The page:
LIHUE — A medical malpractice suit regarding a pain medication-related death was filed this week in 5th Circuit Court.
The suit charges Steve Rogoff, M.D., and Hale Lea Medicine with medical malpractice, wrongful death, medical negligence, and gross negligence in the death of Thomas O’Brien, 55, who was a patient of a Kauai physician who allegedly prescribed Schedule II narcotics to the point of intoxication and overdose.
The plaintiffs are John O’Brien, Jenny Valente, Evelyn O’Brien, and an unnamed son. They are represented by Honolulu attorneys Michael Green and William Shipley Jr.
O’Brien was a geologist, inventor, and an investor with an MBA. He became a patient of Rogoff’s on Jan. 25, 2011, after complaining of chronic back pain from a previously diagnosed lumbar disk problem.
“Thomas O’Brien ran a hedge fund but unfortunately he had a horrible addiction to pain medication,” Green said.
O’Brien sought to refill pain medication prescriptions he had obtained from another physician, but was looking for a new doctor. The complaint states the initial consultation did not include testing or confirmation of complaints but still resulted in a prescription for Norco, a Schedule II opioid narcotic.
Two days later, Rogoff prescribed Valium for O’Brien’s pain attacks, the complaint states, without subsequent examinations, medically indicated tests or objective findings.
An examination in February resulted in prescription refills with no indicative tests. The complaint states O’Brien returned to the clinic six days later claiming that people were stealing his medications and his request to try a trans-dermal patch for Fentanyl, another Schedule II opioid, resulted in a prescription.
The medical excuse was for a chronic bunion condition, the complaint states.
“The prescription pain medication continued even when it was suggested that O’Brien was an addict,” Green said. “Reports of lost pain medication, or ‘my dog ate it’ excuses are common indicators of an opioid addiction.”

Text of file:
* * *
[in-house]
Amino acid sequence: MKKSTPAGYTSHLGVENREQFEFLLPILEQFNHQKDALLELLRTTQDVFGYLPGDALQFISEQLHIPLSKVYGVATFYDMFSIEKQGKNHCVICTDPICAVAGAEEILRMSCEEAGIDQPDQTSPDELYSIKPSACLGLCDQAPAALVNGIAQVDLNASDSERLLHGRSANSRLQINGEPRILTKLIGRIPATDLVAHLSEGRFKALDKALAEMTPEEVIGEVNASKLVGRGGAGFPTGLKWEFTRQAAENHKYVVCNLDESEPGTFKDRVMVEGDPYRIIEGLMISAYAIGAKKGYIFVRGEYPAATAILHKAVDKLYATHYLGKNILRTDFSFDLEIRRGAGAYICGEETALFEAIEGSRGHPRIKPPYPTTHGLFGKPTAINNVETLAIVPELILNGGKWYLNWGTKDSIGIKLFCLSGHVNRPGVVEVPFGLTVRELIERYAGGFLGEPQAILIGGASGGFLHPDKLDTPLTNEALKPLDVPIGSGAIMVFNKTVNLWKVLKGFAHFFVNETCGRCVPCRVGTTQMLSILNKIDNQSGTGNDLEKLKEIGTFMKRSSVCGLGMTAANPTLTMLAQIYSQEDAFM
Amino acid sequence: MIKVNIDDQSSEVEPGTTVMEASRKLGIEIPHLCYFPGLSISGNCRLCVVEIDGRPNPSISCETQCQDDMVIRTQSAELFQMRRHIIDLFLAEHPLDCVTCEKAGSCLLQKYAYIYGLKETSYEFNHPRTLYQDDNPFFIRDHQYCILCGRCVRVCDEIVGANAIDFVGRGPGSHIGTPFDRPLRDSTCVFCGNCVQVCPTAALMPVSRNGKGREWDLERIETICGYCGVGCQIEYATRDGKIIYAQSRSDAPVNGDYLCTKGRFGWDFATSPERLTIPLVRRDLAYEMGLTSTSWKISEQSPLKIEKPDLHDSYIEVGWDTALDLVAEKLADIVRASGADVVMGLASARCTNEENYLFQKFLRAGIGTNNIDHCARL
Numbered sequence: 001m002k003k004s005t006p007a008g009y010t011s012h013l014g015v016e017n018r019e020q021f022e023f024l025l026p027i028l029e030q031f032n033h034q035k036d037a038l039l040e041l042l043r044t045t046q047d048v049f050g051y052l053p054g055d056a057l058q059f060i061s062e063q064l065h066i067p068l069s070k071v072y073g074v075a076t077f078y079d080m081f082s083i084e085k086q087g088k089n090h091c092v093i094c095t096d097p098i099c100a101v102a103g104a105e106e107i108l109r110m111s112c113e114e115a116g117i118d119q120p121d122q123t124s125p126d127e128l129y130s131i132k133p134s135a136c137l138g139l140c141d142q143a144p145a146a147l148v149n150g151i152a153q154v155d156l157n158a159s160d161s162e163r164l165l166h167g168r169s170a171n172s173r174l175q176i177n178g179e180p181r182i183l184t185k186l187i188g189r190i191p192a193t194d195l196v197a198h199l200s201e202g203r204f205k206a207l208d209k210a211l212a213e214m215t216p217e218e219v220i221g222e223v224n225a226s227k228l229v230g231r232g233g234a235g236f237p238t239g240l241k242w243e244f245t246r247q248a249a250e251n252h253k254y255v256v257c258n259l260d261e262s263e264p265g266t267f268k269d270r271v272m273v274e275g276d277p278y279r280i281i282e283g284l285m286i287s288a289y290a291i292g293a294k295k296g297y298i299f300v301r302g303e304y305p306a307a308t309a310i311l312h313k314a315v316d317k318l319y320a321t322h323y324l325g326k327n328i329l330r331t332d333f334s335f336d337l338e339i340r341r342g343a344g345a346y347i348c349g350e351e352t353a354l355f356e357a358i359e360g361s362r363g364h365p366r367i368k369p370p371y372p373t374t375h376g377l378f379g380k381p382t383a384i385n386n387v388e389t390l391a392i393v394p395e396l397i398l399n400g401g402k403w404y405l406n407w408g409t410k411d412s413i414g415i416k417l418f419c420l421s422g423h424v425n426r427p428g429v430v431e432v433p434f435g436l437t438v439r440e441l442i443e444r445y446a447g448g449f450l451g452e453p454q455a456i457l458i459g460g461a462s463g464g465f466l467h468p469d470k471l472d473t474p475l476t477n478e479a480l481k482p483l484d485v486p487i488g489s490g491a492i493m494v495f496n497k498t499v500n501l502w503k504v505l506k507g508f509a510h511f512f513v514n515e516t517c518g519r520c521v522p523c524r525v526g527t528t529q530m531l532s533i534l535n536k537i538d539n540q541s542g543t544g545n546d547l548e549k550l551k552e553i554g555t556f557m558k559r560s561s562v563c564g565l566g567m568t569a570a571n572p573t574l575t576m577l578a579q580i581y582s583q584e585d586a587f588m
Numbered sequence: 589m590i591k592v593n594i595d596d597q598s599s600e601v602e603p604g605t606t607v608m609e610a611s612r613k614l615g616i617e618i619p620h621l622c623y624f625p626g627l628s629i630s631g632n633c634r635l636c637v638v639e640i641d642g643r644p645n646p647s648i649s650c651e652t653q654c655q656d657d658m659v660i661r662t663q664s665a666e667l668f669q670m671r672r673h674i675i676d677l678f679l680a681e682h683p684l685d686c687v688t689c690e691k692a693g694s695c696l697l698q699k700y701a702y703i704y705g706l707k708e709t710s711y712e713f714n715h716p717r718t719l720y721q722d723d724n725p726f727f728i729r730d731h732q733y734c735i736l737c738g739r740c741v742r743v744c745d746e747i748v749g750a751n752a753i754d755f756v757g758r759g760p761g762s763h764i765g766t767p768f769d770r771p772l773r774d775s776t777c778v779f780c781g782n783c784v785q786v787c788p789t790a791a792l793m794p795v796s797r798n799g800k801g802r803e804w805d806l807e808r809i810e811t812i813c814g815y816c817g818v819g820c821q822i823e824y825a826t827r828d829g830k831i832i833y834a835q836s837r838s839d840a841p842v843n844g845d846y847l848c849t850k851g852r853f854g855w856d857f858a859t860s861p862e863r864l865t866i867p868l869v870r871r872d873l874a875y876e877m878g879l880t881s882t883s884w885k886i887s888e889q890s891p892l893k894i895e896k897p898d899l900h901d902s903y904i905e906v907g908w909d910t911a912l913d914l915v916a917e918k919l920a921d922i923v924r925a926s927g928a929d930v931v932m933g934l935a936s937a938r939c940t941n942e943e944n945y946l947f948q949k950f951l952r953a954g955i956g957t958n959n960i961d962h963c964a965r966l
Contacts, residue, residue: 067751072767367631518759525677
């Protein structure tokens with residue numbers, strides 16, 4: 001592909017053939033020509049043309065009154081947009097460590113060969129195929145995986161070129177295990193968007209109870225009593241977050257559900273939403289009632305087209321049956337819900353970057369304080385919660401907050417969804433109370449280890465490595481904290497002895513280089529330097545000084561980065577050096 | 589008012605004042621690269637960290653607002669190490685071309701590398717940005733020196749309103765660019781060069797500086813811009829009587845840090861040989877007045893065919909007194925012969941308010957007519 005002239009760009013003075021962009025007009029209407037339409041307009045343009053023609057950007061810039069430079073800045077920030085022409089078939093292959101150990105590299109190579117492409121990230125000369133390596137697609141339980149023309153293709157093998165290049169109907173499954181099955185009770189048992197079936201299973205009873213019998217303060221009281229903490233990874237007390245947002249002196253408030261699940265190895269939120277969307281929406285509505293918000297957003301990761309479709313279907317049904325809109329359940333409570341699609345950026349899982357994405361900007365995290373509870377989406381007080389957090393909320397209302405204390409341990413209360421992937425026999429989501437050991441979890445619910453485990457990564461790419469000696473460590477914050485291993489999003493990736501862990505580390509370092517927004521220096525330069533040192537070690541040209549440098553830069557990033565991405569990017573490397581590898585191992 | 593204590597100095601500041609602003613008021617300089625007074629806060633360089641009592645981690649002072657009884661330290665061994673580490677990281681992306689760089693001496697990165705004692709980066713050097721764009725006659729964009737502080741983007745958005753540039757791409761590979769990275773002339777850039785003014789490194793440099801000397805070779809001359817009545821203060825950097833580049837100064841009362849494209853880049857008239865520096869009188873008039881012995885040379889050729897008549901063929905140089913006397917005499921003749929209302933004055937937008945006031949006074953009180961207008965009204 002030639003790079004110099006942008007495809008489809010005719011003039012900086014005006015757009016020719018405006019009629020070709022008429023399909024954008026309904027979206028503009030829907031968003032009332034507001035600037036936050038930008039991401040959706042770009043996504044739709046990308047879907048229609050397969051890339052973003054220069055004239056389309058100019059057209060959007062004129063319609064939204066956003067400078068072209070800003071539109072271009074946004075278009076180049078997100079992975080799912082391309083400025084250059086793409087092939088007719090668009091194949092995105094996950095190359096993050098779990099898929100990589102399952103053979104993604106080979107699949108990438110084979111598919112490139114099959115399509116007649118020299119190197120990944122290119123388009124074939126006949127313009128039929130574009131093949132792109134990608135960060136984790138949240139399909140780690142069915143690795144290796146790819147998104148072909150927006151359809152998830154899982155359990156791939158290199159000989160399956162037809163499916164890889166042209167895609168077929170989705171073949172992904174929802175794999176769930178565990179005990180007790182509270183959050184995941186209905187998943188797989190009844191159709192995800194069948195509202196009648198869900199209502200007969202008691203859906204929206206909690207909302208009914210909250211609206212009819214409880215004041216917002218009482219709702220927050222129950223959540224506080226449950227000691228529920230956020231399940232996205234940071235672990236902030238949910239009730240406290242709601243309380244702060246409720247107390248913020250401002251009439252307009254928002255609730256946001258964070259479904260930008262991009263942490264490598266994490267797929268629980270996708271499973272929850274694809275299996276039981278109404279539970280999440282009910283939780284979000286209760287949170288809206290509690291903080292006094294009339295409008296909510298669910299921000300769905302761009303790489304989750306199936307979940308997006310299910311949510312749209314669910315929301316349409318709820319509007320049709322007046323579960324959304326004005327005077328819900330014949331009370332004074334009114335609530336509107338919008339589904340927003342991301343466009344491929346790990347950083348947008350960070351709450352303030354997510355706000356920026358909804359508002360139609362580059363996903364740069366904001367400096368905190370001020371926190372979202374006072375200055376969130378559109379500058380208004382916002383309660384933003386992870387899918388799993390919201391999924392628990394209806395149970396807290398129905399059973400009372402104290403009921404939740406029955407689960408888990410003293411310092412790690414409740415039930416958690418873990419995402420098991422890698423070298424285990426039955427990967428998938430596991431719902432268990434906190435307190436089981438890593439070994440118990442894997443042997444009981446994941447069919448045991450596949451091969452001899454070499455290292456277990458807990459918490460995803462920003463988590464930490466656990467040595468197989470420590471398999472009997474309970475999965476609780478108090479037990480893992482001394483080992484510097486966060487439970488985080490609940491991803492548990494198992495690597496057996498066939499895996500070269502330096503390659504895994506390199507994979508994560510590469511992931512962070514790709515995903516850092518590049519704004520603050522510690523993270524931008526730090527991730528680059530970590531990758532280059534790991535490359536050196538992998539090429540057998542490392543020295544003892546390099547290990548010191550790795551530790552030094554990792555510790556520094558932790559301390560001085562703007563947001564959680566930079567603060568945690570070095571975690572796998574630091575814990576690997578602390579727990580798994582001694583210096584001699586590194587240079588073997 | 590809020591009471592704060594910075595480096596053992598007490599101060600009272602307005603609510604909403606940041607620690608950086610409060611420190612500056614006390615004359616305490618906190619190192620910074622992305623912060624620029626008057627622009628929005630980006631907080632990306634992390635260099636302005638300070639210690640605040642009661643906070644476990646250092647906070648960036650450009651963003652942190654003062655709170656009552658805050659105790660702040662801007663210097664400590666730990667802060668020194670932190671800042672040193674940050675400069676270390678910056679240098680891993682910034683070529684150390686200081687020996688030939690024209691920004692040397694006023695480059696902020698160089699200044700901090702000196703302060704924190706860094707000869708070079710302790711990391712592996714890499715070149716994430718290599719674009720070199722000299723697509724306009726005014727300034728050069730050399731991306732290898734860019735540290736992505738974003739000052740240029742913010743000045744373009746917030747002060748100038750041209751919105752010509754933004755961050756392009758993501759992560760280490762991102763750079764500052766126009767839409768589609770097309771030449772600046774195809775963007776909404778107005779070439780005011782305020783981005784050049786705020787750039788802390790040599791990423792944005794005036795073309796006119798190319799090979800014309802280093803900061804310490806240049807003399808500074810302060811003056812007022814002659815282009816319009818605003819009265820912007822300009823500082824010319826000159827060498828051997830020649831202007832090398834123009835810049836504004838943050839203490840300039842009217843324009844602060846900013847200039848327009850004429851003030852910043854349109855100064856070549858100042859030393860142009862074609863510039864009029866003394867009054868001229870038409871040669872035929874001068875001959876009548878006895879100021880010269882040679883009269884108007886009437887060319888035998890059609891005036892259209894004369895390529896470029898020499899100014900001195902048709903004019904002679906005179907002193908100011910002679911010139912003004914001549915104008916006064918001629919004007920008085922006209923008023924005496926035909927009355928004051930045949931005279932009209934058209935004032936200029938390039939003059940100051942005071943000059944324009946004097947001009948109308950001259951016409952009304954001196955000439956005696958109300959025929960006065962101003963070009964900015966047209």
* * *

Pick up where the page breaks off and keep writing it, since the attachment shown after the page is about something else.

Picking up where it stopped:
O’Brien returned less than a week later saying he had wasted five patches trying to get them to adhere to his skin, the complain states. At this time Rogoff did note possible medication abuse for the short time duration and prescribed Norco.
A month later, O’Brien came to the clinic complaining of shingles and tooth pain. He received more Fentanyl after saying he was out of patches that fell off after two days.
In June 2011, O’Brien called Rogoff, saying he was on the Mainland and needed Norco to deal with tooth pain, after throwing out the previous prescription. Rogoff complied without attempting to refer him to a nearby physician to perform an examination, the complaint states.
Little more than a week later O’Brien called for a partial refill for the tooth problems. The prescription was filled over the phone on two occasions with Rogoff noting “get off narcotics” in O’Brien’s file.
Partial and full prescriptions followed in subsequent weeks through November 2011, with notes about helping to detox in the patient’s file. O’Brien was using excuses that he was going to Canada and then Florida and needed prescription before meeting with surgeons, the suit says.
The medical notes indicate an increasing rate of consumption of up to 500 or 600 doses per month. Rogoff ended his care of O’Brien at one point, only to start prescribing again a week later, according to the complaint, with seven more prescriptions through February 2012.
The final prescription was for Fentanyl patches and O’Brien was found dead of Fentanyl intoxication in Cook County, Illinois, on Feb. 16, 2012.
“They gave him the patches and it killed him,” Green said. “There were two patches on his body when he died.
An administrator at Hale Lea Medicine said by phone Thursday that O’Brien was Dr. Rogoff’s private patient and was not a patient of the clinic.
They said Rogoff’s schedule was full on Thursday afternoon and he didn’t return the call by press time.